viilvtiM tmnn,ittl in iim tin I
fJa1 9H Paiw I tlwjf fBl)tu failrtL the AttoroeT
Troy High School Commencement.
Mr Josephus Daniels, editor of
the News & Observer will deliver
the annual literary address at Trov
HiBh School Mav 21st. This school
has had a successful year.
lie was present at the trial of John
Broun ai.d saw him hung and
others with him. He was educated
at Bcrryvillu College, Clail; coiintv.
a., and volunteered in the u-ar
Istil in Chews Battery, Ash'hy's
horse art i'l-ry. Served as a pnva'le,
w is woiimli-il twice, served m the
army until tln close of the war at
Apponiatox Court House in si;.".
lie left Virginia in mh and caiiu-
to North Caiolina with his father
and mother ami settled in Randolph
oiiutv and married one of Ran-
olph s fairest daughters, tt M
Coble, lie read midiciuc under
Dis. Woollen ami Fox and lini-bcd
his medical eilii'-.ition at Cliai li-Mon
Medical College, ami local, -d
Montgomery Co. at old Aiiman's Hill.
He was twice pre-ident of tile Mont
gomery .Medical Socletv. twice 1'n-s,
of the Randolph .M'-dicil Society
and superintendent of health of
Montgomery county -') wars is noli
Director of the li.iul. of Randolph
and the Asheboro Furniture Co; i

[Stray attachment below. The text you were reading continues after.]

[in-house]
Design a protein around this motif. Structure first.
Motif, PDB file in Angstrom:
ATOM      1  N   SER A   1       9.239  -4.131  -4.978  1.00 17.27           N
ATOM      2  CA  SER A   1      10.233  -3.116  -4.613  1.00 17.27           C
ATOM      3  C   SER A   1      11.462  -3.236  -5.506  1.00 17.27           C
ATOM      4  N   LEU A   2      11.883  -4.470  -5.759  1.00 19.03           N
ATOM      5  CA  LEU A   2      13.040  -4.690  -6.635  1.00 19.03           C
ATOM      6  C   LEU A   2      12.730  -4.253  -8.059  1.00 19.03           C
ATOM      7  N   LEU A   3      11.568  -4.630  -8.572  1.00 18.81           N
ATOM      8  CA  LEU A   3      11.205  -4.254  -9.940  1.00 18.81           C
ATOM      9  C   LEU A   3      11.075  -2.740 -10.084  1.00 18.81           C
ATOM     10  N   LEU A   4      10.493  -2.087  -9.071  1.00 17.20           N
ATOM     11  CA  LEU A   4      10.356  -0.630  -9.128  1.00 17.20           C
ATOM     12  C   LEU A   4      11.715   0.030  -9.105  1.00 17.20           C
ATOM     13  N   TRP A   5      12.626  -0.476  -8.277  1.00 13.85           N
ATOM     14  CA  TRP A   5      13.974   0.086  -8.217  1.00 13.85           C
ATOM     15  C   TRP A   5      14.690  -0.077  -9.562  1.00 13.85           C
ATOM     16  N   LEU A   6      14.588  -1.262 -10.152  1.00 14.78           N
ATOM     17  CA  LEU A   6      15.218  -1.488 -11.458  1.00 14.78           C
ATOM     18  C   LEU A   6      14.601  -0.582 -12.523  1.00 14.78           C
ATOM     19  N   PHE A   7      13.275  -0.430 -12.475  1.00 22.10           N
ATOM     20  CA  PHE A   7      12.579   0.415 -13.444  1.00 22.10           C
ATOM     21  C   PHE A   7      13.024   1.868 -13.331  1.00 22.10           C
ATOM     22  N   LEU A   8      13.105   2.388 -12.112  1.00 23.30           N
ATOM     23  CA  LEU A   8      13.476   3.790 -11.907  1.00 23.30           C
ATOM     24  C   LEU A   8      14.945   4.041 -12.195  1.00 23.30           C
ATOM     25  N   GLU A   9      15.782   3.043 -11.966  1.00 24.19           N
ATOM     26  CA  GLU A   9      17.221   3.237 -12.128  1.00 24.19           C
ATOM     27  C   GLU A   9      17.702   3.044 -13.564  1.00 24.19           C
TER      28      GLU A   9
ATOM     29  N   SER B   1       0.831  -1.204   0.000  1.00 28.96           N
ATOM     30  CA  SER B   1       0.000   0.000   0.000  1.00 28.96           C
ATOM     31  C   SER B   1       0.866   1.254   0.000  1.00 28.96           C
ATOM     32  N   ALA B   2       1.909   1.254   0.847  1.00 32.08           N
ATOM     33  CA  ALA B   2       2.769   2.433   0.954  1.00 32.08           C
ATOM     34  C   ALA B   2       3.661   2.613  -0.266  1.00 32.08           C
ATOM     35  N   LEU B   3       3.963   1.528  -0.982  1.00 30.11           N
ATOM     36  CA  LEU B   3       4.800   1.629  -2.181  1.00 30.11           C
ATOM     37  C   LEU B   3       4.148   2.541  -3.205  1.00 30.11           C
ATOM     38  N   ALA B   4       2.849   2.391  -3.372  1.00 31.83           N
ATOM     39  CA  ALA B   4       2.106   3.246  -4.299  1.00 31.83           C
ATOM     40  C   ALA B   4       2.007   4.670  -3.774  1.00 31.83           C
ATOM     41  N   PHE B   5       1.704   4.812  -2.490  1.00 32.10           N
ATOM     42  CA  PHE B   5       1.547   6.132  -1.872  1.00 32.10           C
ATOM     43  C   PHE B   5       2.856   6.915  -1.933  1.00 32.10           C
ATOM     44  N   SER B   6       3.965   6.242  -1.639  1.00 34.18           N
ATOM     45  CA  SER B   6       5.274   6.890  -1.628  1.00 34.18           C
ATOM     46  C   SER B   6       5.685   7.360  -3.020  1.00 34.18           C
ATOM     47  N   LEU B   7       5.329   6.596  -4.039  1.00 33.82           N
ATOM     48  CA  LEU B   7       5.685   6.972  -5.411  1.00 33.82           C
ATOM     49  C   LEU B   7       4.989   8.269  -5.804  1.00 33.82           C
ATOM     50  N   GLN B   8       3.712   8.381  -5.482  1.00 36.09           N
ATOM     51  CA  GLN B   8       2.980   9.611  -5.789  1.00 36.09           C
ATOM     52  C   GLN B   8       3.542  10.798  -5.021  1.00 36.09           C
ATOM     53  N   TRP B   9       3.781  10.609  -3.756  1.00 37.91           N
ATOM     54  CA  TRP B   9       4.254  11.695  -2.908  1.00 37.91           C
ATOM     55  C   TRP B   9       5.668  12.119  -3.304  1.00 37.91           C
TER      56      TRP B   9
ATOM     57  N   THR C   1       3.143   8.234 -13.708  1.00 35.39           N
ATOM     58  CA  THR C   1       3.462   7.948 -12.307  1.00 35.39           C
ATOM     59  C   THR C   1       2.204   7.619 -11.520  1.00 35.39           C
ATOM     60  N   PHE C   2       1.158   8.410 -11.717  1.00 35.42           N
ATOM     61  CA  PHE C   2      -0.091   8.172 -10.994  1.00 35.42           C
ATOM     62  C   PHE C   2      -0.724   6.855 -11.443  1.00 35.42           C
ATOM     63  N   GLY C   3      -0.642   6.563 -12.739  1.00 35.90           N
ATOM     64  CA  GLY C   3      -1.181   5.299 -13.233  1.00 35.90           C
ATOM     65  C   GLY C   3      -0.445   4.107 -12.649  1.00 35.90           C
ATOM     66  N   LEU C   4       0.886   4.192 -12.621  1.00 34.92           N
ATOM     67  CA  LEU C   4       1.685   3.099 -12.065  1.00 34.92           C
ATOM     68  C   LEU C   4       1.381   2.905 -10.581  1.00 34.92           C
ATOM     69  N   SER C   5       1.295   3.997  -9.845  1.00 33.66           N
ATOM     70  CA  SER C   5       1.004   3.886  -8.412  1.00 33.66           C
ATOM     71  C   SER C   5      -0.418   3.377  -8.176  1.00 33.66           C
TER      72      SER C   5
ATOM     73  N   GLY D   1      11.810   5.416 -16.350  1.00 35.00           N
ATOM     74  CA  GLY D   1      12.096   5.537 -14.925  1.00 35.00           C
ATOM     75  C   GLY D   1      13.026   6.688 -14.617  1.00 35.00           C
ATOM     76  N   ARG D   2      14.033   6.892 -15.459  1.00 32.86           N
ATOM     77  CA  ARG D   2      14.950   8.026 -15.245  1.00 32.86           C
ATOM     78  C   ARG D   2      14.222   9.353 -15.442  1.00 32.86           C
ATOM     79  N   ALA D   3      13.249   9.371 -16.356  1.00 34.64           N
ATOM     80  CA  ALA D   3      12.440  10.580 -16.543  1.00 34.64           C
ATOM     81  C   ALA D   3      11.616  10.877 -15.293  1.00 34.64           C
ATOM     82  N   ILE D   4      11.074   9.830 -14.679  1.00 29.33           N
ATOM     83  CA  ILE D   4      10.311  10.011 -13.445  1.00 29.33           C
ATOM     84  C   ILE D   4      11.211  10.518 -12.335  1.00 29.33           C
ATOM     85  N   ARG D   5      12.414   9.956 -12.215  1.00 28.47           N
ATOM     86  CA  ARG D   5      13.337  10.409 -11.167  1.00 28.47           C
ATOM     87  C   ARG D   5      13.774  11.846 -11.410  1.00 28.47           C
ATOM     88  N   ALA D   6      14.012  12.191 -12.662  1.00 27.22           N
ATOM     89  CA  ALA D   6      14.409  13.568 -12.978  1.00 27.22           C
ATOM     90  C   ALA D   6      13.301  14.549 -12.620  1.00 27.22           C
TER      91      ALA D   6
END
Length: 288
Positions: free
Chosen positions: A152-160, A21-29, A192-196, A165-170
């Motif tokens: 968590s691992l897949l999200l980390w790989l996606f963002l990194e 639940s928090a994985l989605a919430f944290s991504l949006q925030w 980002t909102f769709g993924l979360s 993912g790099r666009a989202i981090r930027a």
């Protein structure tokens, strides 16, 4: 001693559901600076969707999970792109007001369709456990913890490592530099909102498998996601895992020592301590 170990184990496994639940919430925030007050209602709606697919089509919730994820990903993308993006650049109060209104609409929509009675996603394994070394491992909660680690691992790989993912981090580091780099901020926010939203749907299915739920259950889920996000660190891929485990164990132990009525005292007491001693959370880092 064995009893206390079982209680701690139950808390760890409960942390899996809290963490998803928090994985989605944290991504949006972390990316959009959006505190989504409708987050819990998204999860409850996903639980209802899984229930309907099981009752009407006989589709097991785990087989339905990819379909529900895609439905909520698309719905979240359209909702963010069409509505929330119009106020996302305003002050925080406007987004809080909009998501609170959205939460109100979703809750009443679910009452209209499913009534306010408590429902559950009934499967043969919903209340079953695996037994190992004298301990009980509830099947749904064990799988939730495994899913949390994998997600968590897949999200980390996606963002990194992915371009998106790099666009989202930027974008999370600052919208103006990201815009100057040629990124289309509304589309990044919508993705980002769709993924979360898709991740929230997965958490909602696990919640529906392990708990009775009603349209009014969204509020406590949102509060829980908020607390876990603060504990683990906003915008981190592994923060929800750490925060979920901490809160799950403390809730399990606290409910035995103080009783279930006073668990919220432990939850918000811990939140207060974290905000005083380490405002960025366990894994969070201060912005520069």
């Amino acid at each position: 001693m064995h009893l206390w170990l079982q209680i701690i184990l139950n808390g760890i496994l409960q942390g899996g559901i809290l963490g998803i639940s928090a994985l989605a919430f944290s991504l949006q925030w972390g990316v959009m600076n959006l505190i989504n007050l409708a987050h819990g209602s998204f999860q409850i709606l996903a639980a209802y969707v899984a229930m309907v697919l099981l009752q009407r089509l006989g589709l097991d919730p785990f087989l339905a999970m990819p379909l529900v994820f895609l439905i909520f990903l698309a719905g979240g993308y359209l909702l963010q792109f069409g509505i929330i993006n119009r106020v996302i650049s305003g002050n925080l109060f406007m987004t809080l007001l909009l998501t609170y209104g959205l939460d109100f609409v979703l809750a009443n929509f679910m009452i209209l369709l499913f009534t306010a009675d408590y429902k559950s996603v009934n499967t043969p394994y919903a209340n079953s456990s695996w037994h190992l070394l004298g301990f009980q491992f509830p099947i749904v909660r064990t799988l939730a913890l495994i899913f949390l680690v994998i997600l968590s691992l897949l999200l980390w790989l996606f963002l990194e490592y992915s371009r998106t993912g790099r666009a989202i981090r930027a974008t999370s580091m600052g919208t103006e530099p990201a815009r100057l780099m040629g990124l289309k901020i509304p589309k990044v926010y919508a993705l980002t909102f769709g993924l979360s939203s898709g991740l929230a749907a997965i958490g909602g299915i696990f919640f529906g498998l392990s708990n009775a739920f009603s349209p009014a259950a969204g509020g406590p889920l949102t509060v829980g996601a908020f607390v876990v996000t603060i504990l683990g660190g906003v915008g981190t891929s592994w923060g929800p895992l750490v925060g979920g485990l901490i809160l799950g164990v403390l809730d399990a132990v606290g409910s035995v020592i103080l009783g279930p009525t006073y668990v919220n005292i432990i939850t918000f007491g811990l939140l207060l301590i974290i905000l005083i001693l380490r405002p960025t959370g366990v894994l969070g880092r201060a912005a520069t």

.iK years old and ha.- practiced luedi
cine .ii vear -.
Dr. A-bui v made a profession of
religion wle-n 1',' veins old and join
ed the M. I', ('hutch, Smith and is
still a 1 1 1 ; -i 1 1 1 . r oi t li.it ciiarci!.
Dr Asl.'iiry with very little as.-is-
tance has creeled a lai::e cuinino-
ous church near hi-. hoiin He
was once a deU-gate to the (leinral
Conference of Ins church: has been
a deleiftll.. Hi- m, ie,l Cni.-retiee
or many years ami lias Tor several
cars been secretary of the district
Taxes a.. J Tax Dodgers.
There is no money paid out by the
:iverage man so gnnlgingly as tax
inoi.ev. And lucre is none iv liicii lie
hoiild pay inoic willingly: provided,
if course, that it is propeilv as-es--,-d,
and properly expended.
People are disposal to evade I In
payment ot laxi-s by alino-l any
kind ol (lodge. .Much property in